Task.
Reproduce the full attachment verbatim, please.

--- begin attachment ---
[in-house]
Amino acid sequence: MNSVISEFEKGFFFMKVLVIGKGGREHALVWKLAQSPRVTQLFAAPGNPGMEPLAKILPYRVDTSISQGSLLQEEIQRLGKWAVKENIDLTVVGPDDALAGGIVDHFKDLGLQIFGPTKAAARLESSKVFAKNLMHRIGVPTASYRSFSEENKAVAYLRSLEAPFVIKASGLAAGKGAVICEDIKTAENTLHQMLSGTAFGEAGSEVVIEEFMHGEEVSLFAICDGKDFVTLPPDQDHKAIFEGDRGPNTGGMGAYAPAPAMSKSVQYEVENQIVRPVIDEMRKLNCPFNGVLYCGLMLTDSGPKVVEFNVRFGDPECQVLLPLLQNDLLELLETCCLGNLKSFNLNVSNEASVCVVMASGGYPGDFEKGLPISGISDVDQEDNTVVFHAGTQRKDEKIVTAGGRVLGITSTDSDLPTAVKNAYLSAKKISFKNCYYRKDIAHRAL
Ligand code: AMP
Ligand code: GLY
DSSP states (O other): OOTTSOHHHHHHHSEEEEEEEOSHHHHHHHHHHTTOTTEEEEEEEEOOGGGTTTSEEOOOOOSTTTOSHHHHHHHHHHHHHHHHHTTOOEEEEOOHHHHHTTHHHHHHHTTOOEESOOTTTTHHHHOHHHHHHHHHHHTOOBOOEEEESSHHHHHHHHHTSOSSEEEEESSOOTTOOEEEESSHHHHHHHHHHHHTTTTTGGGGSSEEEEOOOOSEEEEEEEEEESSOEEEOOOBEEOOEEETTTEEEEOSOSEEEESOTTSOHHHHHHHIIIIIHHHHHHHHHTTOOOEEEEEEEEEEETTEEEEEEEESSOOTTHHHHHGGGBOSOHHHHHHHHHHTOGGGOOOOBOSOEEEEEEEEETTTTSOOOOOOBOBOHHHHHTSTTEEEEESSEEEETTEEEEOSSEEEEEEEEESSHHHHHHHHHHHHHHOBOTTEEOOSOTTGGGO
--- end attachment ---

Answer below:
[in-house]
Amino acid sequence: MNSVISEFEKGFFFMKVLVIGKGGREHALVWKLAQSPRVTQLFAAPGNPGMEPLAKILPYRVDTSISQGSLLQEEIQRLGKWAVKENIDLTVVGPDDALAGGIVDHFKDLGLQIFGPTKAAARLESSKVFAKNLMHRIGVPTASYRSFSEENKAVAYLRSLEAPFVIKASGLAAGKGAVICEDIKTAENTLHQMLSGTAFGEAGSEVVIEEFMHGEEVSLFAICDGKDFVTLPPDQDHKAIFEGDRGPNTGGMGAYAPAPAMSKSVQYEVENQIVRPVIDEMRKLNCPFNGVLYCGLMLTDSGPKVVEFNVRFGDPECQVLLPLLQNDLLELLETCCLGNLKSFNLNVSNEASVCVVMASGGYPGDFEKGLPISGISDVDQEDNTVVFHAGTQRKDEKIVTAGGRVLGITSTDSDLPTAVKNAYLSAKKISFKNCYYRKDIAHRAL
Ligand code: AMP
Ligand code: GLY
DSSP states (O other): OOTTSOHHHHHHHSEEEEEEEOSHHHHHHHHHHTTOTTEEEEEEEEOOGGGTTTSEEOOOOOSTTTOSHHHHHHHHHHHHHHHHHTTOOEEEEOOHHHHHTTHHHHHHHTTOOEESOOTTTTHHHHOHHHHHHHHHHHTOOBOOEEEESSHHHHHHHHHTSOSSEEEEESSOOTTOOEEEESSHHHHHHHHHHHHTTTTTGGGGSSEEEEOOOOSEEEEEEEEEESSOEEEOOOBEEOOEEETTTEEEEOSOSEEEESOTTSOHHHHHHHIIIIIHHHHHHHHHTTOOOEEEEEEEEEEETTEEEEEEEESSOOTTHHHHHGGGBOSOHHHHHHHHHHTOGGGOOOOBOSOEEEEEEEEETTTTSOOOOOOBOBOHHHHHTSTTEEEEESSEEEETTEEEEOSSEEEEEEEEESSHHHHHHHHHHHHHHOBOTTEEOOSOTTGGGO